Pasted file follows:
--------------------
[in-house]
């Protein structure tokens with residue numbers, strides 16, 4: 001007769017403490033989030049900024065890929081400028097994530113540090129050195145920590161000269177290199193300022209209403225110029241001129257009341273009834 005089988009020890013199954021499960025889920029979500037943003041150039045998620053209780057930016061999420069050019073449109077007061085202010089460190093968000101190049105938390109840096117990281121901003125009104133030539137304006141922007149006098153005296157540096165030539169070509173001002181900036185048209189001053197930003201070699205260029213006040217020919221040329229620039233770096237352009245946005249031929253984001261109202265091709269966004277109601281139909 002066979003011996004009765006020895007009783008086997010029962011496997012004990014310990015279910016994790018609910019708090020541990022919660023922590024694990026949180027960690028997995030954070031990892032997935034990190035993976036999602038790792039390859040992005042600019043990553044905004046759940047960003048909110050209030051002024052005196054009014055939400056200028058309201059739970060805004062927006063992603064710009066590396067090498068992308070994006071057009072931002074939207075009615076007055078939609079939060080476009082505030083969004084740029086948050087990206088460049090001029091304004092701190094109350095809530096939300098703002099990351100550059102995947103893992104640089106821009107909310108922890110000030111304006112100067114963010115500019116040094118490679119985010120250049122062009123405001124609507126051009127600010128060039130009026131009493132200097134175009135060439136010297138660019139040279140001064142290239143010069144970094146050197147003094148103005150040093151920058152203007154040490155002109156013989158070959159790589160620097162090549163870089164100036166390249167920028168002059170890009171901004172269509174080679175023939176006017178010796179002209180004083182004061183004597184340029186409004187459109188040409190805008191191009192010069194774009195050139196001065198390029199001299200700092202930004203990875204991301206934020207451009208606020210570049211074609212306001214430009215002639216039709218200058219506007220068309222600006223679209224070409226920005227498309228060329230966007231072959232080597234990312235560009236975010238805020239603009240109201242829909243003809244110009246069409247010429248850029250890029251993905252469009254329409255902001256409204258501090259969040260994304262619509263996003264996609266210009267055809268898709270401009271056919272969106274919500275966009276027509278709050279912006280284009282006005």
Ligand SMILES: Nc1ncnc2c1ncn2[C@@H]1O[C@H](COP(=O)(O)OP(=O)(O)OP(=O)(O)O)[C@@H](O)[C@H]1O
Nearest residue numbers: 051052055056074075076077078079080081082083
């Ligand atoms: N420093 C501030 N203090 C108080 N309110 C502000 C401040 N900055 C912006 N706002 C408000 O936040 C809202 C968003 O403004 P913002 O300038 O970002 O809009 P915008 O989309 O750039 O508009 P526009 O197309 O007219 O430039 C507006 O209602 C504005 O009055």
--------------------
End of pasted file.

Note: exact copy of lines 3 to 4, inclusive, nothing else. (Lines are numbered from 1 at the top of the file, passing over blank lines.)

Ligand SMILES: Nc1ncnc2c1ncn2[C@@H]1O[C@H](COP(=O)(O)OP(=O)(O)OP(=O)(O)O)[C@@H](O)[C@H]1O
Nearest residue numbers: 051052055056074075076077078079080081082083